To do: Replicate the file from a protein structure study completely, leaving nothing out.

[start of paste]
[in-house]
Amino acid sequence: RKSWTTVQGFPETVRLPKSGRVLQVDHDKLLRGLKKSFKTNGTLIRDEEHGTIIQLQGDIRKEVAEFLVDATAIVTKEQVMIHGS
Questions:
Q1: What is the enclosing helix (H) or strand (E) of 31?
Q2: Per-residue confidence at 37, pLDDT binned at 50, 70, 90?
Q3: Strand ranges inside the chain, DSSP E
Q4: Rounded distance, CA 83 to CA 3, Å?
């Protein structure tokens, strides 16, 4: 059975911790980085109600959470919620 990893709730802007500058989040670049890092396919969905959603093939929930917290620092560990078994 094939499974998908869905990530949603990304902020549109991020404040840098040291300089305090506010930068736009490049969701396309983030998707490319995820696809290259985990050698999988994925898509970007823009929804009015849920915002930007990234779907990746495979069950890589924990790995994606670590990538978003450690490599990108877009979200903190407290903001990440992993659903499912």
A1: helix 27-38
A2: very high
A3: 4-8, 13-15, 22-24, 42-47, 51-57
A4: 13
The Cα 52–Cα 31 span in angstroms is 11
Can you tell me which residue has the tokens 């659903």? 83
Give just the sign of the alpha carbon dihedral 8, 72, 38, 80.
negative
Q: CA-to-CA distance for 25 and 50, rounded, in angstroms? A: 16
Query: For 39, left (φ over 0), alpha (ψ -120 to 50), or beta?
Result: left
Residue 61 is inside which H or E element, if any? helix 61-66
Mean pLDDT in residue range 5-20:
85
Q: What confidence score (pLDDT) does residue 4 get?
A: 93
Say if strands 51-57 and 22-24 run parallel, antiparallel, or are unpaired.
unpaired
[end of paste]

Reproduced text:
[in-house]
Amino acid sequence: RKSWTTVQGFPETVRLPKSGRVLQVDHDKLLRGLKKSFKTNGTLIRDEEHGTIIQLQGDIRKEVAEFLVDATAIVTKEQVMIHGS
Questions:
Q1: What is the enclosing helix (H) or strand (E) of 31?
Q2: Per-residue confidence at 37, pLDDT binned at 50, 70, 90?
Q3: Strand ranges inside the chain, DSSP E
Q4: Rounded distance, CA 83 to CA 3, Å?
């Protein structure tokens, strides 16, 4: 059975911790980085109600959470919620 990893709730802007500058989040670049890092396919969905959603093939929930917290620092560990078994 094939499974998908869905990530949603990304902020549109991020404040840098040291300089305090506010930068736009490049969701396309983030998707490319995820696809290259985990050698999988994925898509970007823009929804009015849920915002930007990234779907990746495979069950890589924990790995994606670590990538978003450690490599990108877009979200903190407290903001990440992993659903499912």
A1: helix 27-38
A2: very high
A3: 4-8, 13-15, 22-24, 42-47, 51-57
A4: 13
The Cα 52–Cα 31 span in angstroms is 11
Can you tell me which residue has the tokens 């659903």? 83
Give just the sign of the alpha carbon dihedral 8, 72, 38, 80.
negative
Q: CA-to-CA distance for 25 and 50, rounded, in angstroms? A: 16
Query: For 39, left (φ over 0), alpha (ψ -120 to 50), or beta?
Result: left
Residue 61 is inside which H or E element, if any? helix 61-66
Mean pLDDT in residue range 5-20:
85
Q: What confidence score (pLDDT) does residue 4 get?
A: 93
Say if strands 51-57 and 22-24 run parallel, antiparallel, or are unpaired.
unpaired